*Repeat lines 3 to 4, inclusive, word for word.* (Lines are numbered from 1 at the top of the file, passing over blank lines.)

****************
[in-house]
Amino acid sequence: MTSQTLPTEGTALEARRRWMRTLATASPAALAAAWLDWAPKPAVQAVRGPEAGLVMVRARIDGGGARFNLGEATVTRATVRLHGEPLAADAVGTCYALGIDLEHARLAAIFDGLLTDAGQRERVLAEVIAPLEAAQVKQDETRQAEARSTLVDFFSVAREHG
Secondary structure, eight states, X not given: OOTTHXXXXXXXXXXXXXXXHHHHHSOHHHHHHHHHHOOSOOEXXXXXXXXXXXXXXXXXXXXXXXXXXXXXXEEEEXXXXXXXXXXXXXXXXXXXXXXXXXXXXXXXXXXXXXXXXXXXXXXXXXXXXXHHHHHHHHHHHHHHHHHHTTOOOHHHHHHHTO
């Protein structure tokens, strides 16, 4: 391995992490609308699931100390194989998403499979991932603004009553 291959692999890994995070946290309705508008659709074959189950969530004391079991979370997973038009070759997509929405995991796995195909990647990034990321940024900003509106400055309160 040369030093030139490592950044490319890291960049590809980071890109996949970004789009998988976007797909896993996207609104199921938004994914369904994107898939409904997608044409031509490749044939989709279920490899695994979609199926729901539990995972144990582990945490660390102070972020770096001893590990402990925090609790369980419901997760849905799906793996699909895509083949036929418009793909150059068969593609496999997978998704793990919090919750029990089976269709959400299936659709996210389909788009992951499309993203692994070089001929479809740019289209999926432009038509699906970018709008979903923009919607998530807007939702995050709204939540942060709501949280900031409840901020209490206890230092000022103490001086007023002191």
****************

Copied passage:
Secondary structure, eight states, X not given: OOTTHXXXXXXXXXXXXXXXHHHHHSOHHHHHHHHHHOOSOOEXXXXXXXXXXXXXXXXXXXXXXXXXXXXXXEEEEXXXXXXXXXXXXXXXXXXXXXXXXXXXXXXXXXXXXXXXXXXXXXXXXXXXXXHHHHHHHHHHHHHHHHHHTTOOOHHHHHHHTO
């Protein structure tokens, strides 16, 4: 391995992490609308699931100390194989998403499979991932603004009553 291959692999890994995070946290309705508008659709074959189950969530004391079991979370997973038009070759997509929405995991796995195909990647990034990321940024900003509106400055309160 040369030093030139490592950044490319890291960049590809980071890109996949970004789009998988976007797909896993996207609104199921938004994914369904994107898939409904997608044409031509490749044939989709279920490899695994979609199926729901539990995972144990582990945490660390102070972020770096001893590990402990925090609790369980419901997760849905799906793996699909895509083949036929418009793909150059068969593609496999997978998704793990919090919750029990089976269709959400299936659709996210389909788009992951499309993203692994070089001929479809740019289209999926432009038509699906970018709008979903923009919607998530807007939702995050709204939540942060709501949280900031409840901020209490206890230092000022103490001086007023002191």